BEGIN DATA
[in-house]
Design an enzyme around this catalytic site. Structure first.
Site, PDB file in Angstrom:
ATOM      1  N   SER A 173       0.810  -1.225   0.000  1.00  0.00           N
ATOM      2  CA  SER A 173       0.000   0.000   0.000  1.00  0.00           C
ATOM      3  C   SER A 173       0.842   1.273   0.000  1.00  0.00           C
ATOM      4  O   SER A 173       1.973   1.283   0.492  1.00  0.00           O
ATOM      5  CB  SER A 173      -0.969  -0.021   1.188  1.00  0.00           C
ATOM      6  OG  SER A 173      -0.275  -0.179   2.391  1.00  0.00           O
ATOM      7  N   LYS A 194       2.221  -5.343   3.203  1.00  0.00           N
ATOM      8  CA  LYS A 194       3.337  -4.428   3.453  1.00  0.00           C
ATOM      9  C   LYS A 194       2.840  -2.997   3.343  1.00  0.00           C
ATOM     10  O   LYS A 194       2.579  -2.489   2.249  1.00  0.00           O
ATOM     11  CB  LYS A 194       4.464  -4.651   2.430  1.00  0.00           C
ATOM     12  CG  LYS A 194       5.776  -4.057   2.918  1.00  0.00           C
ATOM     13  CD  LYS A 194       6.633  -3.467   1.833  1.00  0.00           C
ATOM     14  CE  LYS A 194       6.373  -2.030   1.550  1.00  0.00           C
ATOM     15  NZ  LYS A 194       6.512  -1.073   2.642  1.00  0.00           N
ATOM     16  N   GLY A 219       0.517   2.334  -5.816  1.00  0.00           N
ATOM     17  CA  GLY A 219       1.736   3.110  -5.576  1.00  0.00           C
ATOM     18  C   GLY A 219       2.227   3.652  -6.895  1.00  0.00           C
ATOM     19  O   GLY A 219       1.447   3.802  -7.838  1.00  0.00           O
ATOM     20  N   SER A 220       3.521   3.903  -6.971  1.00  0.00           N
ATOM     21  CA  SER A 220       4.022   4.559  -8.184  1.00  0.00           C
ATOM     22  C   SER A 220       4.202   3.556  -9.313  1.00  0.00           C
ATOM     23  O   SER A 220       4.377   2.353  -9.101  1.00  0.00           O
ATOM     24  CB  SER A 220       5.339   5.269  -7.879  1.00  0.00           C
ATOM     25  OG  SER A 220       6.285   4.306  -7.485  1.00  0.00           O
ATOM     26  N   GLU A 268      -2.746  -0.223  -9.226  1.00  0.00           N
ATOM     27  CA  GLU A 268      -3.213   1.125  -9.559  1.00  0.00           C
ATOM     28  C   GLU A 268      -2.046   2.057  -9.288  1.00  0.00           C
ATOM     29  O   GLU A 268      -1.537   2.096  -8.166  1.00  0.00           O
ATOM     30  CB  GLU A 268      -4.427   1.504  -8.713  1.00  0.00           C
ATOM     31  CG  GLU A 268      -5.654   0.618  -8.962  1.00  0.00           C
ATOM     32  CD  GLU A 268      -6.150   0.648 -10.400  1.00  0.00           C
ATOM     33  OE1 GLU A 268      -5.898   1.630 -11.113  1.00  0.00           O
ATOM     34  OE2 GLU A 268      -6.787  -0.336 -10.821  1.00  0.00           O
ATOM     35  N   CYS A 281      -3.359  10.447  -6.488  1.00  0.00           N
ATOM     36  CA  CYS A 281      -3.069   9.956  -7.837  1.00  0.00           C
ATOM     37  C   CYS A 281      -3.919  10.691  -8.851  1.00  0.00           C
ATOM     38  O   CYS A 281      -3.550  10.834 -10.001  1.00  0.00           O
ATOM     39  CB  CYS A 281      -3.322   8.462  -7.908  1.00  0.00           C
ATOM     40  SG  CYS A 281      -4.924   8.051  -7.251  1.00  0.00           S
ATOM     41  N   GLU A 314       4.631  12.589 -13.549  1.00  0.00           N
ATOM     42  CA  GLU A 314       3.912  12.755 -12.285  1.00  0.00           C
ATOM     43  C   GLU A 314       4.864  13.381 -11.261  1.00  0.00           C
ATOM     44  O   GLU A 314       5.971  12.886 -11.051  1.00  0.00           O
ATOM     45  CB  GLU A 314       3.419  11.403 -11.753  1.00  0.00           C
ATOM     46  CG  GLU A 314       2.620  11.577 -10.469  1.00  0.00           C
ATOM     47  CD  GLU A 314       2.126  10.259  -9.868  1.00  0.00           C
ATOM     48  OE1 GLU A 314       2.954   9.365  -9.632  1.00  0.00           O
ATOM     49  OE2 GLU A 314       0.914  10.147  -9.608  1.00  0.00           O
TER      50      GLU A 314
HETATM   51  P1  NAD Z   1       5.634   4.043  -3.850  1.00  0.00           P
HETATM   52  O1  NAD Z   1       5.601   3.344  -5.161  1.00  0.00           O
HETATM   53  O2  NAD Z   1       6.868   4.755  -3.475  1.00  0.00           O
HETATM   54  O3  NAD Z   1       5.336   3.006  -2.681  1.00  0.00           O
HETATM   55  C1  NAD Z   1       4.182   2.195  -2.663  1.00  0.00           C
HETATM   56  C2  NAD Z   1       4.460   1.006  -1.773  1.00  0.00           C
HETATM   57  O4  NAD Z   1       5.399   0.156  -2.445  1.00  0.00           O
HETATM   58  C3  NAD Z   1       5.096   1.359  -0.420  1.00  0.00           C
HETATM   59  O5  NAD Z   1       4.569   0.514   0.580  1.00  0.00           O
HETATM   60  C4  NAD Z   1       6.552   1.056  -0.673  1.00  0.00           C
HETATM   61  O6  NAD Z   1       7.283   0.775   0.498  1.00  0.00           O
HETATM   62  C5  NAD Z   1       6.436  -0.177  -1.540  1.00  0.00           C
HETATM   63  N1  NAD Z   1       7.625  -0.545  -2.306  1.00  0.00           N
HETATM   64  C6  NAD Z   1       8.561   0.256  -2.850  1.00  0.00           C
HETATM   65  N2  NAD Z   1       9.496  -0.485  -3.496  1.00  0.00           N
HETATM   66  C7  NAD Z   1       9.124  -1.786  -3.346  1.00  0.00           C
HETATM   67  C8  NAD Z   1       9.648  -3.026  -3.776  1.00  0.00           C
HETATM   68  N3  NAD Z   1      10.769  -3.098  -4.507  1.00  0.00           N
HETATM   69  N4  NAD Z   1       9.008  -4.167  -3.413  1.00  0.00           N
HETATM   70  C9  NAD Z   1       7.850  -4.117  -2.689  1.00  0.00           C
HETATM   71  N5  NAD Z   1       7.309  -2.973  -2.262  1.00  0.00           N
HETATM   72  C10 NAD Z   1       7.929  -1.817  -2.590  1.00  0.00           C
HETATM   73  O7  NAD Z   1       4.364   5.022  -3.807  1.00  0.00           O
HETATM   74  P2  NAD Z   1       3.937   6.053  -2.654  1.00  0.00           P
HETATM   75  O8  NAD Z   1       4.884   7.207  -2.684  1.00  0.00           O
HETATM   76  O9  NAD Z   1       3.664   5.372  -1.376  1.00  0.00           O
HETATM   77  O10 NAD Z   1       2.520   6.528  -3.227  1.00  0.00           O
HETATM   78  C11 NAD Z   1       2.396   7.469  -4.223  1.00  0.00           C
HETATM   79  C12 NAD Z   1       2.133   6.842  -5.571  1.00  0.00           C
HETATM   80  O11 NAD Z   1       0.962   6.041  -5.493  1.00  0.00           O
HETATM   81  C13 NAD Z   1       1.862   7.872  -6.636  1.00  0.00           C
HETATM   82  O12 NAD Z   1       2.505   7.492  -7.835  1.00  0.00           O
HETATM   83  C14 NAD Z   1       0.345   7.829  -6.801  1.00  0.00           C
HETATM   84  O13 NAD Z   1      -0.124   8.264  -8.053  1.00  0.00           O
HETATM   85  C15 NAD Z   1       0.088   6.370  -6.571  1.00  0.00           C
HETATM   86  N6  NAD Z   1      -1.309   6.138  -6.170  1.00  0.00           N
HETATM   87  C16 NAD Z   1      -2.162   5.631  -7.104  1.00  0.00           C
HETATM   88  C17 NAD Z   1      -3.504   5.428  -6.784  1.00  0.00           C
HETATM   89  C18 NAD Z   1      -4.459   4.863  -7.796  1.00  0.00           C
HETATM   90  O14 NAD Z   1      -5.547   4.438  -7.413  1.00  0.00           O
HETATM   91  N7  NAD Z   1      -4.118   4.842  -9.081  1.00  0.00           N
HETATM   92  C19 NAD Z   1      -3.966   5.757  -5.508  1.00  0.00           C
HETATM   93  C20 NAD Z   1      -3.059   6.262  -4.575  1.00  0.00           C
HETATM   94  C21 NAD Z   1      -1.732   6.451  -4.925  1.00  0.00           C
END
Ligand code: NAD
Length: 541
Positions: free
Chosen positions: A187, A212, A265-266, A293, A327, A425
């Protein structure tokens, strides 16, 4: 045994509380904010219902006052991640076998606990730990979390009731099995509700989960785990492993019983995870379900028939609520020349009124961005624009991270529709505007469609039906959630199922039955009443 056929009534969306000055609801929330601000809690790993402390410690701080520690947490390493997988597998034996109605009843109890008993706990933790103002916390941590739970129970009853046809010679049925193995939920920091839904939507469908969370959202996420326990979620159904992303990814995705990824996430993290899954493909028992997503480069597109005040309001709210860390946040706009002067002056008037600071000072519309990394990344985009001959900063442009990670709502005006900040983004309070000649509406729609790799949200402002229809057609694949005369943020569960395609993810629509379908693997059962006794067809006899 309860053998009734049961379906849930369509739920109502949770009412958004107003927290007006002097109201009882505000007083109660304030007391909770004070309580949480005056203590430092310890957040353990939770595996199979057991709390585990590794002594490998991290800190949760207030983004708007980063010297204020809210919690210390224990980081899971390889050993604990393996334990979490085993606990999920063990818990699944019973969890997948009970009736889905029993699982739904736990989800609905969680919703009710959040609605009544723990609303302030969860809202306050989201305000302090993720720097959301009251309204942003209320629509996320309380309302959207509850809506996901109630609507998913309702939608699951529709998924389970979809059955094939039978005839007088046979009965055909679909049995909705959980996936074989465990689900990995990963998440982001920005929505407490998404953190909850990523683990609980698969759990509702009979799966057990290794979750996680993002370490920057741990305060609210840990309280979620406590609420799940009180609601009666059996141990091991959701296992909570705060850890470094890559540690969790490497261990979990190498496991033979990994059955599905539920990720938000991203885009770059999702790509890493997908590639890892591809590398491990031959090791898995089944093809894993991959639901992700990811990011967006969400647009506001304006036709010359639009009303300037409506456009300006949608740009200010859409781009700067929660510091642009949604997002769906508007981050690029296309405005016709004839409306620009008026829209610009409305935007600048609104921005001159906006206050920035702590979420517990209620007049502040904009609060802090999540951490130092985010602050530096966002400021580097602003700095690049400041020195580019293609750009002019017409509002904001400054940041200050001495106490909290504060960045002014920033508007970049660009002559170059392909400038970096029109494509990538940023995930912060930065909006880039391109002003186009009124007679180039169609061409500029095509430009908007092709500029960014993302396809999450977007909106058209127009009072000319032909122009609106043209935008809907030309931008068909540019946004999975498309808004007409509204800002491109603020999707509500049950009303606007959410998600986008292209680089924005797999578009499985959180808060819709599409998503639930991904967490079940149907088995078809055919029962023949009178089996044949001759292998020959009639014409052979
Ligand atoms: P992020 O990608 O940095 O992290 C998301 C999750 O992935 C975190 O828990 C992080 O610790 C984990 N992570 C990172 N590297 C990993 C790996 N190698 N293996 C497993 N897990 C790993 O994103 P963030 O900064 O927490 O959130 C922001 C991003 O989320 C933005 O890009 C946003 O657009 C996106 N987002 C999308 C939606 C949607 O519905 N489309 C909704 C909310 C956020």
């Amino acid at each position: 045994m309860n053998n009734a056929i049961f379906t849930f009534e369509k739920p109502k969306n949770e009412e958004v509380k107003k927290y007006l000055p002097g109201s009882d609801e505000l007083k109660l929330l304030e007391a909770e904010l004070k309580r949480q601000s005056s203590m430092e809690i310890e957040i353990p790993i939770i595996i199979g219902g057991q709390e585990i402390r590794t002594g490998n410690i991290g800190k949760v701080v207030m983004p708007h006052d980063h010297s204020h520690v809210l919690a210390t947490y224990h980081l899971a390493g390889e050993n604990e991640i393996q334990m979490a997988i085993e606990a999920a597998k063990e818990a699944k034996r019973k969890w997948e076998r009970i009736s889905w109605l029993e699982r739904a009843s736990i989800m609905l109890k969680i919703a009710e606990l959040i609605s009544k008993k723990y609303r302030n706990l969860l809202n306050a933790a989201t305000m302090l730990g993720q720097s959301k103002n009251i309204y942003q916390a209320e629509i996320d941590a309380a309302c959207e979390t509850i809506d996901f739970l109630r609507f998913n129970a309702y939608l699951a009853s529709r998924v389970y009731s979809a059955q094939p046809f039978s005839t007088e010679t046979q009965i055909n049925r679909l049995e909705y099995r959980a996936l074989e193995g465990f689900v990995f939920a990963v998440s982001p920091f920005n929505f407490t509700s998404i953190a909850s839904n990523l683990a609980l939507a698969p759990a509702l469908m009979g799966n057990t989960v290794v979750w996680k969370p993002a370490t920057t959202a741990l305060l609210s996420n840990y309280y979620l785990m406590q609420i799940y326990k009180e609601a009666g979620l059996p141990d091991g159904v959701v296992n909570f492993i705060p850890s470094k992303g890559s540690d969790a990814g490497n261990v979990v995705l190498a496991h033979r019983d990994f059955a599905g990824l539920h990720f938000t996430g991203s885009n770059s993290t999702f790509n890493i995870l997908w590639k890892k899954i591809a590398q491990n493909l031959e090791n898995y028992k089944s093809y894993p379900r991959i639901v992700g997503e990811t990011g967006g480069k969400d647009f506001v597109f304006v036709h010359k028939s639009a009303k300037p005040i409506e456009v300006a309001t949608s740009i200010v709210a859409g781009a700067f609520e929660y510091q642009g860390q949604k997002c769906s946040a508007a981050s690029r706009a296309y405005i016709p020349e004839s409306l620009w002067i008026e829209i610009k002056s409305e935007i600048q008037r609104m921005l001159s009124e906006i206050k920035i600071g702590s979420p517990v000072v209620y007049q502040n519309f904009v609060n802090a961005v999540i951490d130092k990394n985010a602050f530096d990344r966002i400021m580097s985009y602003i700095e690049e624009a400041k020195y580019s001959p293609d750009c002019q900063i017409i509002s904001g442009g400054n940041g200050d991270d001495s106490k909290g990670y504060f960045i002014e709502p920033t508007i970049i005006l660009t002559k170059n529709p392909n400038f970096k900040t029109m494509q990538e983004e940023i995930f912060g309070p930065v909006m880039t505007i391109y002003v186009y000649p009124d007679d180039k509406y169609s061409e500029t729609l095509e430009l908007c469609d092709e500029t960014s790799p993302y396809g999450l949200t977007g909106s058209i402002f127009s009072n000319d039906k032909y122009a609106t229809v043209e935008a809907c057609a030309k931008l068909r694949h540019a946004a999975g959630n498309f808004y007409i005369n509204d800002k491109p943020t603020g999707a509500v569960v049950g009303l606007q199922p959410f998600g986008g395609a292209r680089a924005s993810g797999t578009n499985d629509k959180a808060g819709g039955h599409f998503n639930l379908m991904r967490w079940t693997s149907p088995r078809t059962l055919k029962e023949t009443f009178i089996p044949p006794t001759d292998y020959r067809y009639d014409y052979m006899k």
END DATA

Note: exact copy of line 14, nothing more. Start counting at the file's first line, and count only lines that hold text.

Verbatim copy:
ATOM     11  CB  LYS A 194       4.464  -4.651   2.430  1.00  0.00           C